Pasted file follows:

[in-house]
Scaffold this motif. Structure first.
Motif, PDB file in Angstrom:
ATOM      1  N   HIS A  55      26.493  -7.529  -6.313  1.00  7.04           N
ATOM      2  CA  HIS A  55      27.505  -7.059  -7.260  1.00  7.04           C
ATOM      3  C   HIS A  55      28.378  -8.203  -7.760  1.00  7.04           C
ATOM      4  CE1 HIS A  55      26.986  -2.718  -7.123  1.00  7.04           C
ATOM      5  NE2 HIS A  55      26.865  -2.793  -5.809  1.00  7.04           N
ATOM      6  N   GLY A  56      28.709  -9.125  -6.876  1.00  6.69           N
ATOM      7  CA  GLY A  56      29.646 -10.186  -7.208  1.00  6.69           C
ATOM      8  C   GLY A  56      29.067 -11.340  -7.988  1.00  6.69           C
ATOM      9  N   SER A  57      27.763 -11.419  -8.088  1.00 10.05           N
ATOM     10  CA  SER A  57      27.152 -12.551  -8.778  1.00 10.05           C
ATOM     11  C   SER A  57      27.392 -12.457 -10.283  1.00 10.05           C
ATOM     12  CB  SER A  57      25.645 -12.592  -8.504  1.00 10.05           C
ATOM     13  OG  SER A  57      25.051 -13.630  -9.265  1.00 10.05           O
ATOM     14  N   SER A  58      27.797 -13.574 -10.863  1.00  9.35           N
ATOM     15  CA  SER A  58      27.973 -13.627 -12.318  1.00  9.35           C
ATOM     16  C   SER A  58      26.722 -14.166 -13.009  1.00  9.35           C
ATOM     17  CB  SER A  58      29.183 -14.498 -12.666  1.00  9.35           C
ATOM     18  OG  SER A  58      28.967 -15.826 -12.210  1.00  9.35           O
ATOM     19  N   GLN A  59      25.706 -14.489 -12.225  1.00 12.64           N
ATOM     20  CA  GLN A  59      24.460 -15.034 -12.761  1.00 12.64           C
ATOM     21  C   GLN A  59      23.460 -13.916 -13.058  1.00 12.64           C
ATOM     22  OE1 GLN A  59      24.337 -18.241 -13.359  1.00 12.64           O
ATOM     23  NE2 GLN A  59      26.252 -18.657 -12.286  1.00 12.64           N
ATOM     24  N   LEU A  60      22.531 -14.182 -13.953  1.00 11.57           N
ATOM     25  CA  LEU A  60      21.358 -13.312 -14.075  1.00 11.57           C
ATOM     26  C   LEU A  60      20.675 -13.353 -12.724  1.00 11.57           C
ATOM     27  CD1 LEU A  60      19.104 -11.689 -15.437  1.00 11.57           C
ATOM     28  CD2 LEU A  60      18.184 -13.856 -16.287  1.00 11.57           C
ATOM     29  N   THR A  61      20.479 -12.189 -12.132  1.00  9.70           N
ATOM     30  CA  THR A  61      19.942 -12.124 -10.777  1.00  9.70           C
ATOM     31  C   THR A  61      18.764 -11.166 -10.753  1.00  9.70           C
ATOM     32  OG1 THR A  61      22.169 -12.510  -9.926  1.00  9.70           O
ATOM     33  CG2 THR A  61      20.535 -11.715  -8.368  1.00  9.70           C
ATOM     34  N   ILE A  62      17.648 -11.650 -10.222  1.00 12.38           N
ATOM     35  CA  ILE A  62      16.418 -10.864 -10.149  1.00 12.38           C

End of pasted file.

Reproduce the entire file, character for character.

[in-house]
Scaffold this motif. Structure first.
Motif, PDB file in Angstrom:
ATOM      1  N   HIS A  55      26.493  -7.529  -6.313  1.00  7.04           N
ATOM      2  CA  HIS A  55      27.505  -7.059  -7.260  1.00  7.04           C
ATOM      3  C   HIS A  55      28.378  -8.203  -7.760  1.00  7.04           C
ATOM      4  CE1 HIS A  55      26.986  -2.718  -7.123  1.00  7.04           C
ATOM      5  NE2 HIS A  55      26.865  -2.793  -5.809  1.00  7.04           N
ATOM      6  N   GLY A  56      28.709  -9.125  -6.876  1.00  6.69           N
ATOM      7  CA  GLY A  56      29.646 -10.186  -7.208  1.00  6.69           C
ATOM      8  C   GLY A  56      29.067 -11.340  -7.988  1.00  6.69           C
ATOM      9  N   SER A  57      27.763 -11.419  -8.088  1.00 10.05           N
ATOM     10  CA  SER A  57      27.152 -12.551  -8.778  1.00 10.05           C
ATOM     11  C   SER A  57      27.392 -12.457 -10.283  1.00 10.05           C
ATOM     12  CB  SER A  57      25.645 -12.592  -8.504  1.00 10.05           C
ATOM     13  OG  SER A  57      25.051 -13.630  -9.265  1.00 10.05           O
ATOM     14  N   SER A  58      27.797 -13.574 -10.863  1.00  9.35           N
ATOM     15  CA  SER A  58      27.973 -13.627 -12.318  1.00  9.35           C
ATOM     16  C   SER A  58      26.722 -14.166 -13.009  1.00  9.35           C
ATOM     17  CB  SER A  58      29.183 -14.498 -12.666  1.00  9.35           C
ATOM     18  OG  SER A  58      28.967 -15.826 -12.210  1.00  9.35           O
ATOM     19  N   GLN A  59      25.706 -14.489 -12.225  1.00 12.64           N
ATOM     20  CA  GLN A  59      24.460 -15.034 -12.761  1.00 12.64           C
ATOM     21  C   GLN A  59      23.460 -13.916 -13.058  1.00 12.64           C
ATOM     22  OE1 GLN A  59      24.337 -18.241 -13.359  1.00 12.64           O
ATOM     23  NE2 GLN A  59      26.252 -18.657 -12.286  1.00 12.64           N
ATOM     24  N   LEU A  60      22.531 -14.182 -13.953  1.00 11.57           N
ATOM     25  CA  LEU A  60      21.358 -13.312 -14.075  1.00 11.57           C
ATOM     26  C   LEU A  60      20.675 -13.353 -12.724  1.00 11.57           C
ATOM     27  CD1 LEU A  60      19.104 -11.689 -15.437  1.00 11.57           C
ATOM     28  CD2 LEU A  60      18.184 -13.856 -16.287  1.00 11.57           C
ATOM     29  N   THR A  61      20.479 -12.189 -12.132  1.00  9.70           N
ATOM     30  CA  THR A  61      19.942 -12.124 -10.777  1.00  9.70           C
ATOM     31  C   THR A  61      18.764 -11.166 -10.753  1.00  9.70           C
ATOM     32  OG1 THR A  61      22.169 -12.510  -9.926  1.00  9.70           O
ATOM     33  CG2 THR A  61      20.535 -11.715  -8.368  1.00  9.70           C
ATOM     34  N   ILE A  62      17.648 -11.650 -10.222  1.00 12.38           N
ATOM     35  CA  ILE A  62      16.418 -10.864 -10.149  1.00 12.38           C